Total petroleum product inventories saw a decrease of 10.4 million barrels from the previous report week.      
                                              
Gasoline stocks decreased 6.6 million barrels; total stocks are 249.3 million barrels. 
      
Demand for gasoline rose 582,000 barrels per day to 9.268 million barrels daily. 

Total product demand increased 404,000 barrels daily to 19.900 million barrels per day.      
      
Distillate fuel oil supply fell 2.7 million barrels to 161.5 million barrels. National distillate demand was reported at 4.091 million barrels per day during the report week. This was a weekly increase of 278,000 barrels daily.
            
Propane stocks fell 4.1 million barrels to 45.2 million barrels. Current demand is estimated at 1.472 million barrels per day, an increase of 191,000 barrels daily from the previous report week.

 

Natural Gas

According to the EIA:

“Unseasonably mild temperatures continued…resulting in below-normal withdrawals from working gas storage. Net withdrawals from storage totaled 68 Bcf, compared with the five-year (2012 – 2016) average net withdrawal of 136 Bcf and last year’s net withdrawals of 63 Bcf during the same week.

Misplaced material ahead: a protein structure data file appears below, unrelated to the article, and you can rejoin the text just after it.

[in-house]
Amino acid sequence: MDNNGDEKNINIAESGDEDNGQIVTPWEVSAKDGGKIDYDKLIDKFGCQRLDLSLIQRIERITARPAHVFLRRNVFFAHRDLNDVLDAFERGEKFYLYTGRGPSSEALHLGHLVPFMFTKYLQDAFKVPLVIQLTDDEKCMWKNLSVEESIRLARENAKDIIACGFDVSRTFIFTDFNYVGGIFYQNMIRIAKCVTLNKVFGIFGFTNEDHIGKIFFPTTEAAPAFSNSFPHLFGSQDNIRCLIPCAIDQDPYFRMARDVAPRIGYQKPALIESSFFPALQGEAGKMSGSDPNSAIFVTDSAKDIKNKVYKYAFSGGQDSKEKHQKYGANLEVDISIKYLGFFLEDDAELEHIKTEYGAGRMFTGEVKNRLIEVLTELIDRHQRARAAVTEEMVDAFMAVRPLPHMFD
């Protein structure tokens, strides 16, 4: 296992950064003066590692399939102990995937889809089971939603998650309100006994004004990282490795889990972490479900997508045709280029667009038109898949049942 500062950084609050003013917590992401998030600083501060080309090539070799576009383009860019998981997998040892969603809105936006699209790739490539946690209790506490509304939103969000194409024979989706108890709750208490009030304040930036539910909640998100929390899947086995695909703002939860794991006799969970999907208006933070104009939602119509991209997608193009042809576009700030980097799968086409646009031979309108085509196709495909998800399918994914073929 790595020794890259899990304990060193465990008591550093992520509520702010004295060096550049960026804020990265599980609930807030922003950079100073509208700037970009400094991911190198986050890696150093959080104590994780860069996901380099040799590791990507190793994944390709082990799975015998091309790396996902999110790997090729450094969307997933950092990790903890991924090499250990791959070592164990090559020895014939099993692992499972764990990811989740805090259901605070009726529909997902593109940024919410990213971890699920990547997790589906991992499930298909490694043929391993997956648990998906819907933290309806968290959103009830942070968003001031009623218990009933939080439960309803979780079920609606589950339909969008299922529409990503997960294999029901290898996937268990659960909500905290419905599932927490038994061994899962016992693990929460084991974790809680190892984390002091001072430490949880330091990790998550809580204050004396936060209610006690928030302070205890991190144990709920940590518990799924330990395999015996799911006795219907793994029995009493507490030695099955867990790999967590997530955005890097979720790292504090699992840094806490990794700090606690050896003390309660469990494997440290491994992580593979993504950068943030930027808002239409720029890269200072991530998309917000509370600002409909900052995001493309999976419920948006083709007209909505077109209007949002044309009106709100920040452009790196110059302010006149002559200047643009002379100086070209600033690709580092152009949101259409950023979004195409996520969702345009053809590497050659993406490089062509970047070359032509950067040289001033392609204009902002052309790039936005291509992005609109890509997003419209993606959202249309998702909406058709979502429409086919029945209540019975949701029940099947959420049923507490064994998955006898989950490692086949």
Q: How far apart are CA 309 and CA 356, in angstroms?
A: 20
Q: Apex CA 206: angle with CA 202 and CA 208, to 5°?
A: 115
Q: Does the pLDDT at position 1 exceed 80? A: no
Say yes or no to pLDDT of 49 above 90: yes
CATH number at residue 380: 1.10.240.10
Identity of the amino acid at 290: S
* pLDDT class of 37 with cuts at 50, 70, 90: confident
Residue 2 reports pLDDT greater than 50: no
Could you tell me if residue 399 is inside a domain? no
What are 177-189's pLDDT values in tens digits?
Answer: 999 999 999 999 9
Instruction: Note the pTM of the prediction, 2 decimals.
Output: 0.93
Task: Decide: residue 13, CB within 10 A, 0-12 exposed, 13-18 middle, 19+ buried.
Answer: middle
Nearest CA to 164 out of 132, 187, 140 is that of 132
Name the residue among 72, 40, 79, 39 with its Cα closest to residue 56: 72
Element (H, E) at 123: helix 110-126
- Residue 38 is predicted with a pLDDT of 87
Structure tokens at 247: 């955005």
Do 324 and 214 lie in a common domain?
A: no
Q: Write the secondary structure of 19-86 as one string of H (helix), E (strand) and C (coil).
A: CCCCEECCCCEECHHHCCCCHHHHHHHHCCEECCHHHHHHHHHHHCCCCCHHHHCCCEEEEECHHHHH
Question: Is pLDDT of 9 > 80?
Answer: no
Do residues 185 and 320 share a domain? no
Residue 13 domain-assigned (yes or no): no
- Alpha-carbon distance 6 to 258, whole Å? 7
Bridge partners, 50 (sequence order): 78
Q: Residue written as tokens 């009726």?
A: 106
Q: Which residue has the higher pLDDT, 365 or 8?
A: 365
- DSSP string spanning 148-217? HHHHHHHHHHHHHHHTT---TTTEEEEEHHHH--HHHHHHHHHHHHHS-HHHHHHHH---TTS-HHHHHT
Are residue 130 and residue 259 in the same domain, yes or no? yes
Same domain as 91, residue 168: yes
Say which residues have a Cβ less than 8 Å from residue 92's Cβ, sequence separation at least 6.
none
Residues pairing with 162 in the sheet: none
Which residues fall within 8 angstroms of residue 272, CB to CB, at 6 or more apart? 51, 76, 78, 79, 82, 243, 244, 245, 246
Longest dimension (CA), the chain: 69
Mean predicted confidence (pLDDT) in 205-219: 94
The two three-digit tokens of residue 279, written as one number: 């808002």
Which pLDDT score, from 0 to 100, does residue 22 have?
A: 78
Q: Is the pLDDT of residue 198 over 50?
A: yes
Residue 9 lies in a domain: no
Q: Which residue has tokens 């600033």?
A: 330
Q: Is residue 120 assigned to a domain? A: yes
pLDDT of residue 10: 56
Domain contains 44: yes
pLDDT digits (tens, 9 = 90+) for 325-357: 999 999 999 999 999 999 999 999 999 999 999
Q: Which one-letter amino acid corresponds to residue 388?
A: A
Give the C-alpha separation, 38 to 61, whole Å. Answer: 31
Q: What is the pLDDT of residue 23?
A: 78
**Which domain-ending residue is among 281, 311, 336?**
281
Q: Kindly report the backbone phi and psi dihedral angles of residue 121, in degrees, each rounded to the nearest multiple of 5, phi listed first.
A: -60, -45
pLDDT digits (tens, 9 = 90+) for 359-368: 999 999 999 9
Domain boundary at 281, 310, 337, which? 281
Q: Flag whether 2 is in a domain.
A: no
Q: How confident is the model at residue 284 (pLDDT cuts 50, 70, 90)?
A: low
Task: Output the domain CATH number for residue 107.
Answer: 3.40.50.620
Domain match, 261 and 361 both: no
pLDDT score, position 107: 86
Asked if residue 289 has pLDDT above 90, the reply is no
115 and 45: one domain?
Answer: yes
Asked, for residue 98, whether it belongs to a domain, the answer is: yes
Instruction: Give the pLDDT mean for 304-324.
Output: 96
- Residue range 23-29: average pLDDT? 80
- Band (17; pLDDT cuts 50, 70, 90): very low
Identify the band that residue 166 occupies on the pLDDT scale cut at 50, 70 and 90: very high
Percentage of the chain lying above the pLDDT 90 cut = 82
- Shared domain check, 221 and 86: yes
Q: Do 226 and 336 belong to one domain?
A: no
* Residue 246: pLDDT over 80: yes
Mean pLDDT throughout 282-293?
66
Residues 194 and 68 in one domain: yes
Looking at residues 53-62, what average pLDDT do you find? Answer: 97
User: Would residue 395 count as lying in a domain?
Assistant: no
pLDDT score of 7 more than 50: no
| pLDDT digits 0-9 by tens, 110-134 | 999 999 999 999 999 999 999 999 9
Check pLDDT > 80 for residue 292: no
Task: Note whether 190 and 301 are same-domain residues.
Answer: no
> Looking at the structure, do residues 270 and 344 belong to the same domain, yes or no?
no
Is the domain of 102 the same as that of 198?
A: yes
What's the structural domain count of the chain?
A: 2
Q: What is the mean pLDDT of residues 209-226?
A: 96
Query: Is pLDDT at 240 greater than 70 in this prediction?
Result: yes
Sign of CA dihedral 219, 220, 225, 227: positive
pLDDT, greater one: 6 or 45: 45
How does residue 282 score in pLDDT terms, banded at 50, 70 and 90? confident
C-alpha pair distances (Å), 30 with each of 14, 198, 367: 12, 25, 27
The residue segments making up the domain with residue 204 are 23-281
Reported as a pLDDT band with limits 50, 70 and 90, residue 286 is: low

“Warmer temperatures throughout the week for most of the Lower 48 states contributed to decreased heating demand for natural gas compared with normal levels and lower withdrawals from storage. Working gas stocks totaled 2,295 Bcf, which is 363 Bcf more than the five-year average and 192 Bcf less than last year at this time.

“Working gas stocks on pace to end the 2016 – 2017 heating season above 2,100 Bcf. If working gas stock changes follow the five-year average for the remainder of the heating season, they will total 2,151 Bcf on March 31. So far in 2017, net withdrawals are 30% below the five-average. Following this slower-than-normal pace, working gas stocks may total 2,193 Bcf by the end of the heating season, which would mark the third time since 2011 that working gas stocks ended the heating season above 2,000 Bcf.”

 

 

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Powerhouse is a registered affiliate of Coquest, Inc.